Regeneron Pharmaceuticals is developing new antibodies to work against the Omicron variant of Covid-19 after the company confirmed that its current cocktail has decreased effectiveness against the heavily mutated strain.
CEO Leonard Schleifer told CNBC on Thursday that Regeneron plans to conduct studies with the new antibodies in the first quarter of 2022. Schleifer said Regeneron is working with the Food and Drug Administration to make the next generation of antibodies as efficient as possible.
“I think we have to find a way to get this to patients on a large scale before the next variant shows up,” said Schleifer during an appearance at CNBC’s Squawk Box. “We just don’t want to chase our tails here.”
The current antibody cocktail is still effective against Delta, said Schleifer. A wave of delta infections is currently overwhelming hospitals from the Great Lakes to the Northeast. Public health officials fear a wave of omicrones and flu infections will soon hit the healthcare system as the US enters the winter season.
Effective antibody treatments could play a key role in reducing hospital stays and easing the burden on the health system.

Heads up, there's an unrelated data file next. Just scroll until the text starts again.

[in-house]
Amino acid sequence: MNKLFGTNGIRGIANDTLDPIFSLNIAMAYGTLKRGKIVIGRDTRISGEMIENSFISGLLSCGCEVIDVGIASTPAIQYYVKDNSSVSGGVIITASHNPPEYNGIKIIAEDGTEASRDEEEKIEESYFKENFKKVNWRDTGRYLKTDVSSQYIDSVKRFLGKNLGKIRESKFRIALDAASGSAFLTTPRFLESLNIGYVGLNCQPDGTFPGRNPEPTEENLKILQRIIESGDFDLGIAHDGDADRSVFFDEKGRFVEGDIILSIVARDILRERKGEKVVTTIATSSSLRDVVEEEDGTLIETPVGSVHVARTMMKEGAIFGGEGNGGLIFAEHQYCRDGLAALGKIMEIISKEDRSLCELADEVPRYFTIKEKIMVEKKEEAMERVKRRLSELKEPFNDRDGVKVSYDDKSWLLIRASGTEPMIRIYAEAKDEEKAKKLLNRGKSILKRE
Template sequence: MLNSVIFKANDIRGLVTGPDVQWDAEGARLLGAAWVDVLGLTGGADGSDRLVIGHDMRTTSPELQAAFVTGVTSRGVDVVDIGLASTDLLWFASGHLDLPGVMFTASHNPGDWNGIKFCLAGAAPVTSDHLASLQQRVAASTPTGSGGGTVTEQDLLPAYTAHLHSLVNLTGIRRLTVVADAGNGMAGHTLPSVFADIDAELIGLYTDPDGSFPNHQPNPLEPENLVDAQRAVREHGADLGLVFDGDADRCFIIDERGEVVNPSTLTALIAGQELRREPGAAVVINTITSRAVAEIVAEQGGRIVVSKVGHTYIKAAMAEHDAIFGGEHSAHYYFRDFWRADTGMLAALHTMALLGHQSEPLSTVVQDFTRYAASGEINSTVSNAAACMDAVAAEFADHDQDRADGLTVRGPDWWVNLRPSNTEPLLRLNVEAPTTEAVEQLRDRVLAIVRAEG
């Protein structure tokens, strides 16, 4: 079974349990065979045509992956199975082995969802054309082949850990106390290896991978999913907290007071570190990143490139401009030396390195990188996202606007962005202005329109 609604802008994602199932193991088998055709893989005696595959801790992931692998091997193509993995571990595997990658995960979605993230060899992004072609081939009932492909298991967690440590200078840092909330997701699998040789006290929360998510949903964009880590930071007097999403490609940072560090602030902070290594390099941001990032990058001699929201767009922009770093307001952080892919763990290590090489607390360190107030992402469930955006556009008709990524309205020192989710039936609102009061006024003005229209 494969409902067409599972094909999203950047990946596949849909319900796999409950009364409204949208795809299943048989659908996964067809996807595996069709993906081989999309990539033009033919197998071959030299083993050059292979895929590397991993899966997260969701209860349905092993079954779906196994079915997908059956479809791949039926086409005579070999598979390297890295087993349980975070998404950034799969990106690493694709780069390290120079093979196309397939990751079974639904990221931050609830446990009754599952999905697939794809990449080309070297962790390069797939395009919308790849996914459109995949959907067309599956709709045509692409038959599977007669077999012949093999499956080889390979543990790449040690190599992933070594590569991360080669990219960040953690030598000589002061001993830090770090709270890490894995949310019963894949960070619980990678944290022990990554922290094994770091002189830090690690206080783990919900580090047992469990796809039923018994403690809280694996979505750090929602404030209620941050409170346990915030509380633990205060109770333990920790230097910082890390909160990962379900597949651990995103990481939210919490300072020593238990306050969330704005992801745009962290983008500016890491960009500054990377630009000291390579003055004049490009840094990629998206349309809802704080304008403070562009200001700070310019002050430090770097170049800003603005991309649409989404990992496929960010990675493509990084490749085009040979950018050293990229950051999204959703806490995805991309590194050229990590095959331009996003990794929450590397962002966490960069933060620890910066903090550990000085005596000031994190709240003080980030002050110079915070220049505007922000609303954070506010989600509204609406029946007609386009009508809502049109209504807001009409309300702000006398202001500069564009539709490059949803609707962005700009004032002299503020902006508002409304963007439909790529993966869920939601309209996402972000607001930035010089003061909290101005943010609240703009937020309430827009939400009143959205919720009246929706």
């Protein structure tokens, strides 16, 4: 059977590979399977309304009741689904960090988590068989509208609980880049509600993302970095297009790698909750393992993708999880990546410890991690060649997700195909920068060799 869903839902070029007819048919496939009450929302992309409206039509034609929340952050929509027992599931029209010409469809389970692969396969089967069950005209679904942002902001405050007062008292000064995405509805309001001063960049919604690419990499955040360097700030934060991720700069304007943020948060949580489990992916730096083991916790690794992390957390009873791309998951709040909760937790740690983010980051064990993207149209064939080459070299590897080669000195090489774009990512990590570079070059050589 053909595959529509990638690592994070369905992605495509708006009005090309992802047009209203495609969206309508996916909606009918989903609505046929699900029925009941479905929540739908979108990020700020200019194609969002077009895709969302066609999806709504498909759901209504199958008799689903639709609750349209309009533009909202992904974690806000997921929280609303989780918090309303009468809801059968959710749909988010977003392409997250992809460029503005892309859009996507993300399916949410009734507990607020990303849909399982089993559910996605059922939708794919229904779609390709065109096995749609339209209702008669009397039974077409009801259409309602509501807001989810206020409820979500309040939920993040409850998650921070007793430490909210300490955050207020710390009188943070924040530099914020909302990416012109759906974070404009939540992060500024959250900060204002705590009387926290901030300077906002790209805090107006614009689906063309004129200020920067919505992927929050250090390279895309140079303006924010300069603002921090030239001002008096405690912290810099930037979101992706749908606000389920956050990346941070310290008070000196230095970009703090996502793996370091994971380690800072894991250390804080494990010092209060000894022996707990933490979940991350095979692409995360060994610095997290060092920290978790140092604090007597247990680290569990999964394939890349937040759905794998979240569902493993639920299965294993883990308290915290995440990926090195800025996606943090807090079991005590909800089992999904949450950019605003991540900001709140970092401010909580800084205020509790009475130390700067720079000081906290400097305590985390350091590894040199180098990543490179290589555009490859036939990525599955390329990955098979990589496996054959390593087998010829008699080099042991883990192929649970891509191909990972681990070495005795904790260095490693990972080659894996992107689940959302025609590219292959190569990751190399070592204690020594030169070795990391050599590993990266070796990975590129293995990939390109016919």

“It is possible that Delta, the flu and Omicron will go up,” said Schleifer. “So we’re going to need a full toolkit here.”
Regeneron’s antibody cocktail is administered by intravenous infusion. The cocktail targets the virus’ spike protein, blocking its ability to enter human cells. The spike protein has undergone a significant mutation over the course of the pandemic. The Omicron variant has more than 30 mutations to the spike.
The director of the U.S. Centers for Disease Control and Prevention Rochelle Walensky said Wednesday that Omicron currently accounts for about 3% of Covid cases in the U.S. However, Walensky said the CDC estimates the variant accounts for up to 13% of Covid cases in New York and New York Jersey. The World Health Organization (WHO) said Tuesday that Omicron is spreading faster than any previous variant.
A study by Dr. Columbia’s David Ho and a team of scientists found that all four of Omicron’s antibody cocktails currently in clinical use have been hit hard, “likely to compromise or compromise their effectiveness.” The study was published as a pre-print, ie it has not yet been reviewed by experts.
Pfizer and Merck are developing oral antiviral pills to prevent hospitalization from Covid. Pfizer concluded that his pill was nearly 90% effective at preventing hospital stays. Merck’s pill reduced hospital admissions by about 30% in its clinical trial. Both companies have filed with the FDA to approve the emergency treatments.